President Joe Biden said on Monday he will raise the number of refugees admitted to the U.S. this year to 62,500, after drawing a wave of criticism from supporters for initially keeping the refugee cap at a historically low level.
Biden formally reversed himself just two weeks after his administration announced it would keep the cap at the 15,000 level set by his Republican predecessor, Donald Trump, saying it did not reflect American values.
In a statement, Biden said:"It is important to take this action today to remove any lingering doubt in the minds of refugees around the world who have suffered so much, and who are anxiously waiting for their new lives to begin."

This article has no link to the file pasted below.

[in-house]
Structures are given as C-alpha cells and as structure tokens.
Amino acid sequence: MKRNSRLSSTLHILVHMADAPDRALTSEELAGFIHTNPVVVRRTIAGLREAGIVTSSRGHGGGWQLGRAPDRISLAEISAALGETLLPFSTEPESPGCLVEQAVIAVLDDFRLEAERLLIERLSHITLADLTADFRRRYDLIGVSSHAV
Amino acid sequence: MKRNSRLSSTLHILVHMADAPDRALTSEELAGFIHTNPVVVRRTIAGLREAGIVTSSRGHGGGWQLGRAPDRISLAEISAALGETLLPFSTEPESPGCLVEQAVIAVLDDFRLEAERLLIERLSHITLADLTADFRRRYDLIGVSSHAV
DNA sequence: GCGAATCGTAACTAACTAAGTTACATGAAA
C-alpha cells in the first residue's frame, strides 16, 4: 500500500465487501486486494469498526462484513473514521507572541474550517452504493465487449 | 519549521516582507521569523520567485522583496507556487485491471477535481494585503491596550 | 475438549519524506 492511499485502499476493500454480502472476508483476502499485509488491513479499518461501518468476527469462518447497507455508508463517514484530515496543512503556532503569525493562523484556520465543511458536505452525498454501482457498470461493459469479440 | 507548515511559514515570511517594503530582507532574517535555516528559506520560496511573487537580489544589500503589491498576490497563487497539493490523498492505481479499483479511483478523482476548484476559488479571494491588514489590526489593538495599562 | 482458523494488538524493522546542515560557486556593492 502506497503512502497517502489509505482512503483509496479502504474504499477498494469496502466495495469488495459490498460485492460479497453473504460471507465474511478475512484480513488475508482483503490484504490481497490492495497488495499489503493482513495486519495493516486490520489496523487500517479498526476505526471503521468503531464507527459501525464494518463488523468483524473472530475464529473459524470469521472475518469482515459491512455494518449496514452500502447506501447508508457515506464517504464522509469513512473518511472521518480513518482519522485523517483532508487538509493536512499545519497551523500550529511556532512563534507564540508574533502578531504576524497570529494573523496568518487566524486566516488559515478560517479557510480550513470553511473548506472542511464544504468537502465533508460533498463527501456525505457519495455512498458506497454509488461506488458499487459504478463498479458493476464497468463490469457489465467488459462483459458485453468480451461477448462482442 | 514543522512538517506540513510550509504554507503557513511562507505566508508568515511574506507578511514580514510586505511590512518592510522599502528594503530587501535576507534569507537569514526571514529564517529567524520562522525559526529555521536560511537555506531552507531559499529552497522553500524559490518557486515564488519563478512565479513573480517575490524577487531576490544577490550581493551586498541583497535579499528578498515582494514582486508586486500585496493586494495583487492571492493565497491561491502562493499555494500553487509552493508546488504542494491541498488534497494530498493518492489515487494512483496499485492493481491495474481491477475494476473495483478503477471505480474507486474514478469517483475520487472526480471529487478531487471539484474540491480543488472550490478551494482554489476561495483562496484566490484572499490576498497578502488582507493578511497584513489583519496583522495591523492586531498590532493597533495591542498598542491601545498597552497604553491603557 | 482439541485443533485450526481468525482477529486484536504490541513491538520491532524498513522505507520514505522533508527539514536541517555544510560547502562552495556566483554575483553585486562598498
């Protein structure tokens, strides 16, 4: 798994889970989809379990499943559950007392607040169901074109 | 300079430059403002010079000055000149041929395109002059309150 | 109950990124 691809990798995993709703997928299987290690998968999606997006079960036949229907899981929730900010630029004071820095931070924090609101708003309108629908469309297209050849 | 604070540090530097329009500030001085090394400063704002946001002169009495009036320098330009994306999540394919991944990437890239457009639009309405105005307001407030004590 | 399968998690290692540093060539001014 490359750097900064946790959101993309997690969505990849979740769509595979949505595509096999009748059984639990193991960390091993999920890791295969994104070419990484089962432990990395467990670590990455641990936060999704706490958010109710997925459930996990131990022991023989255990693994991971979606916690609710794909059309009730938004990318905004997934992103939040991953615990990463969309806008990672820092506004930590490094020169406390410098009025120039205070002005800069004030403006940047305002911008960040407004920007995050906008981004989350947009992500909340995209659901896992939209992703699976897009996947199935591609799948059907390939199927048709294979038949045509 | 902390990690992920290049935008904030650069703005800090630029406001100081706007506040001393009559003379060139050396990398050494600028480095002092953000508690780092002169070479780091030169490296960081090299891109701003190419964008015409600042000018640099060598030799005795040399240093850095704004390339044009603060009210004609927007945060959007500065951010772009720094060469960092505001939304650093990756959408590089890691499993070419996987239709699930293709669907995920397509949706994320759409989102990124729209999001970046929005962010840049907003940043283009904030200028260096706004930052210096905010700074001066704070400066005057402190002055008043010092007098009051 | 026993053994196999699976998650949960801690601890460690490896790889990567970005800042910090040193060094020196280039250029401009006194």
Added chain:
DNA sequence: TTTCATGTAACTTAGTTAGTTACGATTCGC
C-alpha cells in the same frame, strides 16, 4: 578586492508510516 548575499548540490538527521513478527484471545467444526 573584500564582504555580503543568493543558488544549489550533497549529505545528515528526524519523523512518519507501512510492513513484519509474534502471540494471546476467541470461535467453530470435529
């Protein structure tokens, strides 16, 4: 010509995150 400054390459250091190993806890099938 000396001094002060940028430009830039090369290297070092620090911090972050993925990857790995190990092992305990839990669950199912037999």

Soon after taking office in January, Biden pledged to ramp up the program but then surprised allies when he opted to stick with the lower cap -- out of what U.S. officials have said was a concern over bad optics.
It came as a rising number of migrants poured into the U.S. southern border with Mexico.
Biden's predecessor Trump steadily slashed the size of the refugee program during his term in office, and Biden officials say the cuts have made quickly raising admissions more difficult.
The refugee program is distinct from the asylum system for migrants. Refugees come from all over the world, many fleeing conflict.
They undergo extensive vetting while still overseas to be cleared for entry to the United States, unlike migrants who arrive at a U.S. border and then request asylum.